Gold Standard News Daily - Real Money Blog
Posted M-F 6pm ET
12.6.13 - Positive News For The Job Market
Gold prices close lower as traders react to stronger-than-expected jobs data. U.S. stocks rally Friday but finished down for the week. Gold last traded at $1,229 an ounce. Silver at $19.52 an ounce.
Economic statistics took a decisive shift to the positive today with a much better than expected jobs report and a report that consumer sentiment is back on the rise.
Both reports break trends in which the labor market and consumer sentiment had been declining.
The news on the job front, namely that more than 200,000 jobs were created during November and the US unemployment rate fell to 7.0%, took the markets by surprise. Gold was no exception. Initially gold fell on the news, but recovered sharply and entered positive territory. A decline in unemployment often signals stronger economic growth, which can increase gold demand.
Nevertheless, it may be too early for euphoria over the positive economic news.
1,148,000 fewer Americans held jobs this November than did seven years ago in November 2006, according to the data released today by the Bureau of Labor Statistics.
Back in 2006, 145,534,000 Americans held jobs. This November only 144,386,000 Americans hold jobs. That is a drop of 1,148,000 in the number of Americans working.
This decline has come even though the size of the nation’s civilian population and the size of the nation’s civilian labor force have both grown significantly over the last seven years. The unemployment rate would be higher today, but a lower percentage of the civilian population is participating in the work force today than in 2006. In 2006, the work force participation rate was 66.3%. Today it is 63%. That means more Americans do not have jobs and are not looking for work today than 7 years ago. This reflects a degree of hopelessness among American workers.
It's no wonder Americans don't believe President Obama when he talks of the "economic recovery." Rasmussen reports in its most recent survey, only 22 percent of respondents rate the economy as "good" or "excellent." Similarly, the latest CNN/ORC International survey found 39 percent believe the economy is still declining and only 24 percent believe it is recovering. The same survey in October found 59 percent predicting poor economic conditions a year from now, so there is precious little economic optimism out there. This puts a damper on the latest consumer sentiment number released this morning.
Of course, everyone in the investment world watches the Fed. This good news could easily turn into bad news in the eyes of Wall Street if an improving economy means that the Fed will start to "taper" its Quantitative Easing program. The fact that Wall Street is so focused on this narrow aspect of the economic and financial mosaic is further proof the stock market climb may be a mirage created by a Fed policy that will eventually end.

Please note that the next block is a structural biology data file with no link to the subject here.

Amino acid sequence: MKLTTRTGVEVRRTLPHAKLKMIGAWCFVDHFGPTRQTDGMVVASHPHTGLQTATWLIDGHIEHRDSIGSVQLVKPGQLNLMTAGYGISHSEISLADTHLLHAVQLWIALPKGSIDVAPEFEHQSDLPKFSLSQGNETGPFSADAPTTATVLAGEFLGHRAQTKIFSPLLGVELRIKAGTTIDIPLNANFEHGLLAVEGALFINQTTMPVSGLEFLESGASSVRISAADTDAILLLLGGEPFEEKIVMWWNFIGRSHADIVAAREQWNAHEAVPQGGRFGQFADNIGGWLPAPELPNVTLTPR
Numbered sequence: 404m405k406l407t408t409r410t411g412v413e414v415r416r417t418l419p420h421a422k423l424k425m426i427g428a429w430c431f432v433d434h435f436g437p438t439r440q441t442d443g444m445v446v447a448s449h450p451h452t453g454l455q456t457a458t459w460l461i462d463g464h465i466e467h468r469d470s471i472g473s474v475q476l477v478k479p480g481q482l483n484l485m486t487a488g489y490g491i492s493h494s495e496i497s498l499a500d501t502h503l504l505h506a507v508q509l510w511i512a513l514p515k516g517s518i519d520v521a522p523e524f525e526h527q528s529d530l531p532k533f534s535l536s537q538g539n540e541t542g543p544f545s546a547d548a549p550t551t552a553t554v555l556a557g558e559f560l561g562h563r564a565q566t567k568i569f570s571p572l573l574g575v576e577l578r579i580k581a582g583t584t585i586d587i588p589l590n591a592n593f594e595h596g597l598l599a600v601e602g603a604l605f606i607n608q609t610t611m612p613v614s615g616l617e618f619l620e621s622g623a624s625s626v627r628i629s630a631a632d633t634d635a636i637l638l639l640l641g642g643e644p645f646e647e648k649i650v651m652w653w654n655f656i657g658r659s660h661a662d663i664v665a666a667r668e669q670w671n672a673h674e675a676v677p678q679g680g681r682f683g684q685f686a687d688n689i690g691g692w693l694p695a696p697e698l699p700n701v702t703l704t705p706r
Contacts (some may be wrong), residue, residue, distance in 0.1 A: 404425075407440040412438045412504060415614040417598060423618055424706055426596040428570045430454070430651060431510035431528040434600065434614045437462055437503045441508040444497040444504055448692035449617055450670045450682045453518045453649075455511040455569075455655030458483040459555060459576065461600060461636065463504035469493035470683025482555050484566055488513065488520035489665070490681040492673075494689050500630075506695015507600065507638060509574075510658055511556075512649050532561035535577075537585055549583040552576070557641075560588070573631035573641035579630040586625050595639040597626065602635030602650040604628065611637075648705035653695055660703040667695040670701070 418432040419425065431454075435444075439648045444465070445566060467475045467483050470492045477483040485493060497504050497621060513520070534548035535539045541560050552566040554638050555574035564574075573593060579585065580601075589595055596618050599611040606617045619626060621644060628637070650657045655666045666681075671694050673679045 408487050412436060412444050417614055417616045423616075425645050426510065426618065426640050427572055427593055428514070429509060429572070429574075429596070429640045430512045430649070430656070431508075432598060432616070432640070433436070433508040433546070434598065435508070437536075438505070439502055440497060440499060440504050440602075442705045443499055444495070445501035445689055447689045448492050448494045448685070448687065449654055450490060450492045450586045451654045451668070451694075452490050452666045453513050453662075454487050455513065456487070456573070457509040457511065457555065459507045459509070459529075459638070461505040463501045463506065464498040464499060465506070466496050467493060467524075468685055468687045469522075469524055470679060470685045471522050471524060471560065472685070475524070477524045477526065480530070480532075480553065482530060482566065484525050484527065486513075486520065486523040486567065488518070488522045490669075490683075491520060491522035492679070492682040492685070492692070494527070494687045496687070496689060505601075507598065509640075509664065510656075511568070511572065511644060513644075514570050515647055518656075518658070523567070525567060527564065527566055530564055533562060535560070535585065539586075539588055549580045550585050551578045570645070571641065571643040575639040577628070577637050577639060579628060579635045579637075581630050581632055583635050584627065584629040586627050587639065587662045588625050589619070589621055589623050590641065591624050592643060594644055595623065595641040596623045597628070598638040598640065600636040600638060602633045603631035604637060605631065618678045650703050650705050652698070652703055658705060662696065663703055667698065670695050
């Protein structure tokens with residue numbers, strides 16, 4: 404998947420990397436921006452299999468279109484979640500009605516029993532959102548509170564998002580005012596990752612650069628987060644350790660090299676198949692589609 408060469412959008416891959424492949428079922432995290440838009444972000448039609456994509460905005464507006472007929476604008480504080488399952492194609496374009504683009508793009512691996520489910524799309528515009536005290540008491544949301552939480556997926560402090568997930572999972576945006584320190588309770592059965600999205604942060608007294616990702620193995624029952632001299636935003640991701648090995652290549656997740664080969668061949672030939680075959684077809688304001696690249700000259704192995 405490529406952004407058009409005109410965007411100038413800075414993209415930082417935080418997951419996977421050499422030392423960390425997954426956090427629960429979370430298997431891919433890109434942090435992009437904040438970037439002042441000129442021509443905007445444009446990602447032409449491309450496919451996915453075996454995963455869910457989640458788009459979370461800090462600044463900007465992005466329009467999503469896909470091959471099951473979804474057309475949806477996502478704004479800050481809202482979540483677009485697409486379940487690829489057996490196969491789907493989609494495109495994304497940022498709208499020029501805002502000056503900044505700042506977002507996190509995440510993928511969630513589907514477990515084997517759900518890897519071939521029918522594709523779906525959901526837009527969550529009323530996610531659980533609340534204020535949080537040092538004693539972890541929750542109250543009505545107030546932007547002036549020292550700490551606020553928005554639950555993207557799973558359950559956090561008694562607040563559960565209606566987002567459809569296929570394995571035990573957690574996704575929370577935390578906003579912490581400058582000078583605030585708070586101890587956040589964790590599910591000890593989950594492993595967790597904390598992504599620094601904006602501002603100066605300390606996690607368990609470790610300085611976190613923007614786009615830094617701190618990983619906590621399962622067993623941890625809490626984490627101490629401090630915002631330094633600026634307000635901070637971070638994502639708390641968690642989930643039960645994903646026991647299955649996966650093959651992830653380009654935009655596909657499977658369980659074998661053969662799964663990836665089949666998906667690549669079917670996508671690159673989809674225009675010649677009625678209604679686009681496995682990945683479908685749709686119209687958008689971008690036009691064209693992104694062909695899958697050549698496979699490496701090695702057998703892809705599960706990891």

12.5.13 - Be Wary Of Latest Economic Reports
Gold prices lower on corrective pull-back and economic data. U.S. stocks lower on jobless claims data. Gold last traded at $1,231 an ounce. Silver at $19.57 an ounce.
Jobless claims in the US fell below 300,000 for just the second time since 2009, but economists warn not to draw too many conclusions from this figure since making season adjustments during holiday periods notoriously skews November and December readings.
In other labor news, a labor movement of sorts is afflicting the nation's fast-food industry, with groups of employees picketing and demanding a minimum wage of $15 per hour. They're unlikely to get their wish, but this shows there is an underlying, organized movement involved here. Fast-food workers didn't suddenly rise up across America on their own. This type of activity could eventually result in wage inflation, which was one of the biggest components of the high inflation of the 1970s. Employment analysts point out that a raise along the lines of what the employees are demanding would likely result in 500,000 newly unemployed.
Another government economic report has also created a mirage of sorts. The economy grew at a 3.6% annual pace in the third quarter -- much stronger than expected, according to a government report released Thursday. But the main reason that growth in the nation's gross domestic product was so strong was because businesses are stockpiling larger inventories. Once one factors out the impact from the inventory boost, GDP growth would have been just 1.9%.
Why are businesses adding to their inventories so dramatically? It's not clear. It could be a sign companies expect demand will pick up in the future -- so they are stocking their shelves in advance. Or, it could be an indication that demand is weaker than expected and, as a result, goods are lingering on the shelves longer than planned.
Some evidence points to the latter theory, which would be discouraging news. Consumer spending did grow at a slower pace in the third quarter.